Bookstore hopes to help fill literary void in Brentwood

Times Staff Writer

The April 30 closing of Dutton’s bookstore, long a haven for L.A.'s literati, left readers in Brentwood and environs bereft. Now it appears that another independent book merchant is stepping in to try to fill that void.

Diesel, a Bookstore -- which has stores in Oakland and Malibu -- plans to open in early September in a 1,500-square-foot space at the Brentwood Country Mart, at San Vicente Boulevard and 26th Street on the border of Santa Monica. The location is about a mile west of the mid-century Modern building where proprietor Doug Dutton operated his warren of book-filled rooms off a central courtyard and hundreds of authors held readings over the years.

“Having a bookstore at the mart has always been one of my goals,” said James Rosenfield, a developer who holds the ground lease on the 60-year-old Brentwood Country Mart.

Rosenfield said he recalls spending hours as a youth at the Book Nook, a mart staple that closed many years ago. Since taking over the mart in 2003, he has attracted a variety of independent specialty boutiques to join such stalwarts as the shoe repair and barber shops and Reddi Chick, a restaurant specializing in rotisserie chicken and French fries. Rosenfield said he offered Diesel a below-market rent.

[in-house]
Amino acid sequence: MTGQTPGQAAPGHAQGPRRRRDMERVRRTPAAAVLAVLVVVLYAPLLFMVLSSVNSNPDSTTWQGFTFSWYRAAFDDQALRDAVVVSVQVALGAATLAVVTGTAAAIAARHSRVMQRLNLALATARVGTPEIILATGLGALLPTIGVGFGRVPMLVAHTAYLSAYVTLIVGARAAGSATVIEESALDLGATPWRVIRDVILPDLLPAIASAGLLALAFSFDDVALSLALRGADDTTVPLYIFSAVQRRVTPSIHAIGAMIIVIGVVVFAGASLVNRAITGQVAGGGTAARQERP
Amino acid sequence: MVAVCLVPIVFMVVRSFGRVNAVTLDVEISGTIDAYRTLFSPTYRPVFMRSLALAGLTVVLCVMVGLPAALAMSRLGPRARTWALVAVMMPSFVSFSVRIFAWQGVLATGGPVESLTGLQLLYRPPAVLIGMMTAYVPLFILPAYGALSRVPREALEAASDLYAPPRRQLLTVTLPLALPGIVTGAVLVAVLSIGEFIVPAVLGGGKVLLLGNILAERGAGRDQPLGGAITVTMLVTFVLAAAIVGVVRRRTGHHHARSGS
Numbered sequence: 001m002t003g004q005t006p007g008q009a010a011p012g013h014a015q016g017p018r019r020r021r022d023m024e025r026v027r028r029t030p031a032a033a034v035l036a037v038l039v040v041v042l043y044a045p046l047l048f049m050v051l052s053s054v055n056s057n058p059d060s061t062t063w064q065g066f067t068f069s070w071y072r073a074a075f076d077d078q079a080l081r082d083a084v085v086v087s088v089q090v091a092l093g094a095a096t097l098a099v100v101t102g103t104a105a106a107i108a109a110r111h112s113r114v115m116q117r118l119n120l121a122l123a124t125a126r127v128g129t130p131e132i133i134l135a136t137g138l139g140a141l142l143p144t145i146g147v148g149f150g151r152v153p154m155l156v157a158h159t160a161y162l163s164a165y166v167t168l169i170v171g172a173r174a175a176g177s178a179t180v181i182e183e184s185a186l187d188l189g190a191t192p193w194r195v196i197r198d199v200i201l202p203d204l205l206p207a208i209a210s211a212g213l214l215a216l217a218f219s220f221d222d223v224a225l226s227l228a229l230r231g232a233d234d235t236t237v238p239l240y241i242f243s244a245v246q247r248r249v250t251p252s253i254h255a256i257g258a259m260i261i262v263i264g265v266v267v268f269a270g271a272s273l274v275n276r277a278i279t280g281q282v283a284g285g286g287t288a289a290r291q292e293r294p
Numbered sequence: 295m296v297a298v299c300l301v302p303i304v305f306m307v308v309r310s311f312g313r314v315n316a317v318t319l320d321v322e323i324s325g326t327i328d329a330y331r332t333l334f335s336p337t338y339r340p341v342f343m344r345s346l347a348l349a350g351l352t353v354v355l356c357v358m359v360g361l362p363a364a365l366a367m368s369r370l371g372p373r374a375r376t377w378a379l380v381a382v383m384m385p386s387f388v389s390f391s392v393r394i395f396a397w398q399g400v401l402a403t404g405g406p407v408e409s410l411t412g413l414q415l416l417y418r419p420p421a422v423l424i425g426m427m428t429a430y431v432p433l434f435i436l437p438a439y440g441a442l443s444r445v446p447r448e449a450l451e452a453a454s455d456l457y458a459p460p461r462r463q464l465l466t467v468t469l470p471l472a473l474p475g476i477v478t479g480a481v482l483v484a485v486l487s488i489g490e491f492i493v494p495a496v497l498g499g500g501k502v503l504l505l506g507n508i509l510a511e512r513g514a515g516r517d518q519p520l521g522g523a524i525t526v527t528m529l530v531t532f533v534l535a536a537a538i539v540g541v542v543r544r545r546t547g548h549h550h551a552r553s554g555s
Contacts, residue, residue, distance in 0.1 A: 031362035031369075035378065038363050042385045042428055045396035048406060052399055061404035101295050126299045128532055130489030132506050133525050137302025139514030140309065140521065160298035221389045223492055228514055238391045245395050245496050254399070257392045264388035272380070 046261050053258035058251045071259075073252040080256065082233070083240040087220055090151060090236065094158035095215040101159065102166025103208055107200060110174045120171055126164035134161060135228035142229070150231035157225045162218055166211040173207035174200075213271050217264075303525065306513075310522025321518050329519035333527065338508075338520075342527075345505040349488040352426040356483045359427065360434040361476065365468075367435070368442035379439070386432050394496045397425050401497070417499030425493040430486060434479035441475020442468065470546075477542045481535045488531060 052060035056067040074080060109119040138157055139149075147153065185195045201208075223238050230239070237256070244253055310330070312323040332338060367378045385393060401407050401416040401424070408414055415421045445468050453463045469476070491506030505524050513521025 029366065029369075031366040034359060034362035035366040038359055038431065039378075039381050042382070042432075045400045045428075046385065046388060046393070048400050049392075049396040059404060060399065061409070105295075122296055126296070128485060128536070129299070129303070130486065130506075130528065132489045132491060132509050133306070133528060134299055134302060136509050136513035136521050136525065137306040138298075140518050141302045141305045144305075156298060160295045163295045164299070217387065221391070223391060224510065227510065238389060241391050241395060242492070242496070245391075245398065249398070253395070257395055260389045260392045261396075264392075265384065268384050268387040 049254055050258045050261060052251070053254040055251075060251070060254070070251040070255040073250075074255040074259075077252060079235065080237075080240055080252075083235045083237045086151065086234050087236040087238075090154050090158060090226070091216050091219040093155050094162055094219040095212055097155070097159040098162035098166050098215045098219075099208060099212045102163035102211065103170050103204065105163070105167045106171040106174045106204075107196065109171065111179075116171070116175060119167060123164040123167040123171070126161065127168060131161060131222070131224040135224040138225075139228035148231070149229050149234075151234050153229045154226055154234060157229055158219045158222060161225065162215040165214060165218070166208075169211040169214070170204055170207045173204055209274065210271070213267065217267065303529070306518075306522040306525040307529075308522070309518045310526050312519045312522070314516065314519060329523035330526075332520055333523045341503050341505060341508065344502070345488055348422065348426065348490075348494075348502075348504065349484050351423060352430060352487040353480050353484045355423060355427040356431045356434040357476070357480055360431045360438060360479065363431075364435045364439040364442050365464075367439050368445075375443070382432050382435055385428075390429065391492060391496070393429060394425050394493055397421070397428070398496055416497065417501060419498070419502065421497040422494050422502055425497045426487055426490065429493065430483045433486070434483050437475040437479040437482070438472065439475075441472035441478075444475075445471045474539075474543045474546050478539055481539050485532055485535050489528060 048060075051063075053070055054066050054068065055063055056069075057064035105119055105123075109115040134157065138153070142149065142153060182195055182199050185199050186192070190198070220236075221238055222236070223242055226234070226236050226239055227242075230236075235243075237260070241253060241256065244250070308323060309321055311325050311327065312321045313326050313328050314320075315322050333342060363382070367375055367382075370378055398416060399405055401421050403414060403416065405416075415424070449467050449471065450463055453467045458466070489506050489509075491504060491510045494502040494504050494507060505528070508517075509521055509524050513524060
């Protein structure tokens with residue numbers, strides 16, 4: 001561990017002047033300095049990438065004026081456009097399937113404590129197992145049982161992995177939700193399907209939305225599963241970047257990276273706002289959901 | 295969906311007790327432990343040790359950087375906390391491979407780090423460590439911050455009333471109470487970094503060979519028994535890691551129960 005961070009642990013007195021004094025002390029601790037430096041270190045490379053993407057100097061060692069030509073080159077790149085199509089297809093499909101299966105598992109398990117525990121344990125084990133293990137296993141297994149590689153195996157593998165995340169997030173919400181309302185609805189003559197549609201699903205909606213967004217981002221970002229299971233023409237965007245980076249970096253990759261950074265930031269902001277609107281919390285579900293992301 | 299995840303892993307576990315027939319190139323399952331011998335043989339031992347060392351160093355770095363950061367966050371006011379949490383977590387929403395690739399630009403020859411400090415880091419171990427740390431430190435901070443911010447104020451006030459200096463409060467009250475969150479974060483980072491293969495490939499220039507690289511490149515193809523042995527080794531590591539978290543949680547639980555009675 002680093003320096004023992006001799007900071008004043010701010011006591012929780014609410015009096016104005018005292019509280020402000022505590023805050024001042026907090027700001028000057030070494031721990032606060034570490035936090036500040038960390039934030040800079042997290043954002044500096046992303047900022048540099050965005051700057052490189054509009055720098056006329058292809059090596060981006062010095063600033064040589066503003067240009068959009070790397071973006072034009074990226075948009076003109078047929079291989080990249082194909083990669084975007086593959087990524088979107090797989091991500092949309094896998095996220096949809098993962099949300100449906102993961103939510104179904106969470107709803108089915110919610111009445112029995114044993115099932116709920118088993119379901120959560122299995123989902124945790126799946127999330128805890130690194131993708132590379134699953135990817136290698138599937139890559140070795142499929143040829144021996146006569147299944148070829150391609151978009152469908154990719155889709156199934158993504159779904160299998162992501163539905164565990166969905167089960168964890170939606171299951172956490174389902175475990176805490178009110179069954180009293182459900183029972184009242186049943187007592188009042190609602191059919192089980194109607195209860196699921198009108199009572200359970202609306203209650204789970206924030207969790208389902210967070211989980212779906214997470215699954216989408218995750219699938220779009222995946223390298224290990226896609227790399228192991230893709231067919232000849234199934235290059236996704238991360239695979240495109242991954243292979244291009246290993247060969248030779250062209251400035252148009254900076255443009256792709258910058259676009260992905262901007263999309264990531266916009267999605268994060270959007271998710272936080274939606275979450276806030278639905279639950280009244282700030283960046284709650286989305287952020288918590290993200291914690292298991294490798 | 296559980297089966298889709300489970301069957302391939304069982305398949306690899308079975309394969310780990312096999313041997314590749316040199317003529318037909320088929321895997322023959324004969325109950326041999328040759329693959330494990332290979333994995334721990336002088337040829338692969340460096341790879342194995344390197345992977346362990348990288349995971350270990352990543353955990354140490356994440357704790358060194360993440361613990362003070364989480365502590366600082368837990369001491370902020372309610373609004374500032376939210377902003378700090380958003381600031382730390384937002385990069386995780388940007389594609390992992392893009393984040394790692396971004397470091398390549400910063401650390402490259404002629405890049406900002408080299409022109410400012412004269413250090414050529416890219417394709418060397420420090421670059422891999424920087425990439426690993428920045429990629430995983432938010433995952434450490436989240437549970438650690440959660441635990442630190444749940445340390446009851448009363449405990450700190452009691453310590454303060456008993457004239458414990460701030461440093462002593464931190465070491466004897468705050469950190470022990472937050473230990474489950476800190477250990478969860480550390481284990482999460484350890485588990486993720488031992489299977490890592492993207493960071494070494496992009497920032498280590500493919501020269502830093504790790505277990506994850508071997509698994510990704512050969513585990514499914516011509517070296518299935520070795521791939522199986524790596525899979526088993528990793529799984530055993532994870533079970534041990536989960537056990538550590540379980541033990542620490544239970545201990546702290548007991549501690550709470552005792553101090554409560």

John Evans, Diesel’s co-owner, said that a year or so ago, Rosenfield approached independent bookstore owners on the Westside about opening in the mart, an anachronistic but successful retail center that resembles a red New England barn.


“Everybody said no, for some obvious reasons, one of which was Dutton’s,” Evans said. After Dutton’s announced that it was closing, Evans and his partner, Alison Reid, decided the time was right despite the daunting economics facing book merchants.

“Here’s an opportunity to go into a place that can support a bookstore,” Evans added.

Harold Zellman, a Los Angeles architect who launched his book about Frank Lloyd Wright at Dutton’s, welcomed the news.

“That’s actually terrific,” Zellman said. “Needless to say, I sorely miss Dutton’s. . . . [But] I think there’s a lot of audience from Dutton’s that would move over if there were a store even remotely comparable.”

Evans, an independent bookseller since 1980, said Diesel would not attempt to replicate Dutton’s, a much larger destination store with a national influence. “Dutton’s was more regional,” he said. “We’re very neighborhood-oriented.”

But customers would be tempted to draw comparisons. Like Dutton’s, Diesel is known for its author events and for an eclectic mix of books from university and small publishers, in addition to bestsellers. The Diesel website uses a bit of literary whimsy in describing the company’s concept as “the cutting-edge, high-octane, community-radiating, independent neighborhood bookstore we all dream of hanging out in, getting imaginally turned on in, and literarily inspired by.”

Evans acknowledged that the country mart space was “not very big.” To make the most of it, he said, Diesel will have floor-to-ceiling shelves with a wide selection of books and a staff interested in “passionate engagement” with customers.